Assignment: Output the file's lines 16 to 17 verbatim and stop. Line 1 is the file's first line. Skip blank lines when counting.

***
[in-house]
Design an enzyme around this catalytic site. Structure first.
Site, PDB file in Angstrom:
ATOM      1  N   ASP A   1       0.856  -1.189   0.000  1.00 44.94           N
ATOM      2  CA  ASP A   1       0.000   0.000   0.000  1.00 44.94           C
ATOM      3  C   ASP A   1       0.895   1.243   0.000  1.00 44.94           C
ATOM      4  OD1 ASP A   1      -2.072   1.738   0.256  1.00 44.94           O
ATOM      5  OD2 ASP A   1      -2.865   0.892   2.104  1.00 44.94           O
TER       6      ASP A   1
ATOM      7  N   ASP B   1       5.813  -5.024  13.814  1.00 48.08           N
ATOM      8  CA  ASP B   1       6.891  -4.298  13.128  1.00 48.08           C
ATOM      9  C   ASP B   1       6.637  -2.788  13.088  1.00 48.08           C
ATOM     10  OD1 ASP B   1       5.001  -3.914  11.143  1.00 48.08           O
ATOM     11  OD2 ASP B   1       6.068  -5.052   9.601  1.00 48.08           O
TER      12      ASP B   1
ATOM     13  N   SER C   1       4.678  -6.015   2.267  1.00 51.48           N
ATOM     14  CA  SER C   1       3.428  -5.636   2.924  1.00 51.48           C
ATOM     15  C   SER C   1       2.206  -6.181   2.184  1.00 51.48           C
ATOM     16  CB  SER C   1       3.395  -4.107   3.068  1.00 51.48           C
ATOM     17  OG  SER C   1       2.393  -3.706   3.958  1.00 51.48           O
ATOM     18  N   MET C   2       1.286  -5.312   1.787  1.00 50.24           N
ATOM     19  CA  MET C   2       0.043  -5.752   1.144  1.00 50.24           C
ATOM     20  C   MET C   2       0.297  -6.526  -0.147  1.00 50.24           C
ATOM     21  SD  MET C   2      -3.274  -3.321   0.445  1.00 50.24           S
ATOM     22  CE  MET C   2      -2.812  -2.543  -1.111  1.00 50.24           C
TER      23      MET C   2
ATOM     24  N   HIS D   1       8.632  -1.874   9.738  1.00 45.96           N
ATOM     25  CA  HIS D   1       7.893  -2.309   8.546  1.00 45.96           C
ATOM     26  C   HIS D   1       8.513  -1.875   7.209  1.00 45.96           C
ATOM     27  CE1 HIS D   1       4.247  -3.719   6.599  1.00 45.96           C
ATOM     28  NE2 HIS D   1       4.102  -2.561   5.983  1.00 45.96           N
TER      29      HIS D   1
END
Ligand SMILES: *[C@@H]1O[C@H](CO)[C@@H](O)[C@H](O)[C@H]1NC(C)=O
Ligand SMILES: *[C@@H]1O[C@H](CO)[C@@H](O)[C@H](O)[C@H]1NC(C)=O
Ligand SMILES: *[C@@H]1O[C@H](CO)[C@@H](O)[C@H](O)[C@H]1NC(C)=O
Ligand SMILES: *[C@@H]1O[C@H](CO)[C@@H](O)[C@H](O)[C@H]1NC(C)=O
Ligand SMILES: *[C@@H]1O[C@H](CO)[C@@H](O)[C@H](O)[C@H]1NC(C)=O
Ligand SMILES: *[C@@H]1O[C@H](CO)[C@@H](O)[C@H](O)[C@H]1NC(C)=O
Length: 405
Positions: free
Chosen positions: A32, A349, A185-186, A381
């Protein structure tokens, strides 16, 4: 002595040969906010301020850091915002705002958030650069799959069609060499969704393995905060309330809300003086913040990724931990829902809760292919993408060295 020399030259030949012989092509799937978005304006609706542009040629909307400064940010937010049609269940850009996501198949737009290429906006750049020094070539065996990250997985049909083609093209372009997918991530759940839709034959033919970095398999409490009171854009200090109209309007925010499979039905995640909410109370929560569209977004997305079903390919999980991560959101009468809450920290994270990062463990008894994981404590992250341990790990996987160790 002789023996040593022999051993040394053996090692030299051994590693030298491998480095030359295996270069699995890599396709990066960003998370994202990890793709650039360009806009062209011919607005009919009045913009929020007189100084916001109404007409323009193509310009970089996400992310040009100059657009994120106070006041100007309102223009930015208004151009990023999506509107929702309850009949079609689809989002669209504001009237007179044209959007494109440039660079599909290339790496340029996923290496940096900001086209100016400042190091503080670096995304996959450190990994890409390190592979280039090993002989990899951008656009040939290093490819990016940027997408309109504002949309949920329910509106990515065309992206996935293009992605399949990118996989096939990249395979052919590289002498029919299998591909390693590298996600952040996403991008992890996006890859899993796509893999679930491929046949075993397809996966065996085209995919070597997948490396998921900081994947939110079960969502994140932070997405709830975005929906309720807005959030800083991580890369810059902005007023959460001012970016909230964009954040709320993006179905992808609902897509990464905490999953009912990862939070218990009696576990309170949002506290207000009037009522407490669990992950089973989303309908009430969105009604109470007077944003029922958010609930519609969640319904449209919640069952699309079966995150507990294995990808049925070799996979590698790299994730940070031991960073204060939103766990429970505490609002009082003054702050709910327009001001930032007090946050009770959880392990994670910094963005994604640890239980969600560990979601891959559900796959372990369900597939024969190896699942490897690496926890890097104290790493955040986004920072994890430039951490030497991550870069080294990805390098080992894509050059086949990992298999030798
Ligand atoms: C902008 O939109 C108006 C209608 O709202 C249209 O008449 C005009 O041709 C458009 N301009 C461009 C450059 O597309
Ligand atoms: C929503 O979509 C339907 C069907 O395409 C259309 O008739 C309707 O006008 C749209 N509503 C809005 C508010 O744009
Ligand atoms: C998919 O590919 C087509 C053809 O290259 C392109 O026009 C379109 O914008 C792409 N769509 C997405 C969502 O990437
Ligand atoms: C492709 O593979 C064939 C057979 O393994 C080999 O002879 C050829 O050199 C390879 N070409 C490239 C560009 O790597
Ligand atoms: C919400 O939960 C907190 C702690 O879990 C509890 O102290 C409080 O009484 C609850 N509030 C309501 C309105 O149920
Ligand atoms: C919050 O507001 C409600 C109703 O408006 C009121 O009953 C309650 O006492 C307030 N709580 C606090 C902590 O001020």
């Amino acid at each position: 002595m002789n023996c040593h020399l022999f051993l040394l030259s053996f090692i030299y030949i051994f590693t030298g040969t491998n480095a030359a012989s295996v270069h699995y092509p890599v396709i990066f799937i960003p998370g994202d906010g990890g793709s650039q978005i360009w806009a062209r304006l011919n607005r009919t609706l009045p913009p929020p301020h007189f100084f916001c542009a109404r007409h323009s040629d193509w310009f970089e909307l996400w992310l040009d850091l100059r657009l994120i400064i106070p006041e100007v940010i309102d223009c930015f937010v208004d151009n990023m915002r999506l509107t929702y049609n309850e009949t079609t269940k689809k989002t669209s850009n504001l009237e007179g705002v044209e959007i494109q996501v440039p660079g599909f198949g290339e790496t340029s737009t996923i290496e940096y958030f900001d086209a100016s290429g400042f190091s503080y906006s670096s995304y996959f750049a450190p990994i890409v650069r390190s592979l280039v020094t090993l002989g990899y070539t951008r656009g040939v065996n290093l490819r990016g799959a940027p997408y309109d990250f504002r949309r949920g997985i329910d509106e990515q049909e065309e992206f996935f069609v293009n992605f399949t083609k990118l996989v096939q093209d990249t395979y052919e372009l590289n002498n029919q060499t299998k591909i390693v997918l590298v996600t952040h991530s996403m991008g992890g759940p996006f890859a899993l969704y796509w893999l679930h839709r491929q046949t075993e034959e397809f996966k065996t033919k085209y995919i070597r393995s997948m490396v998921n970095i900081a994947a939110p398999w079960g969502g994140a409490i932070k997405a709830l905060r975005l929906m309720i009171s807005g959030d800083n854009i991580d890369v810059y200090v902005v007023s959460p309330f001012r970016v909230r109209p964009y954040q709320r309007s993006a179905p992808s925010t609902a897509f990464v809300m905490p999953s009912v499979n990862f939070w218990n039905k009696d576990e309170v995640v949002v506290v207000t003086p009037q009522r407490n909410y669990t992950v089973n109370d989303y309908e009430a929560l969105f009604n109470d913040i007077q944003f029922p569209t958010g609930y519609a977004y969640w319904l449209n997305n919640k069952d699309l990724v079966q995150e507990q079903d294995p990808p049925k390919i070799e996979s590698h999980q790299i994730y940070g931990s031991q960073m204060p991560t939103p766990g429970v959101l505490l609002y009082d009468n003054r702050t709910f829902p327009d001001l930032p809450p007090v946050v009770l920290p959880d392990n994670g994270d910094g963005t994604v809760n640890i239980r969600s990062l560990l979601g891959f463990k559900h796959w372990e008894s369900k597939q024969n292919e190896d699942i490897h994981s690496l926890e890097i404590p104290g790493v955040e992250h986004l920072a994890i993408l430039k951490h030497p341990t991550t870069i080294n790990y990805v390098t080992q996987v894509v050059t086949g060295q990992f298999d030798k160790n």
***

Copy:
ATOM     13  N   SER C   1       4.678  -6.015   2.267  1.00 51.48           N
ATOM     14  CA  SER C   1       3.428  -5.636   2.924  1.00 51.48           C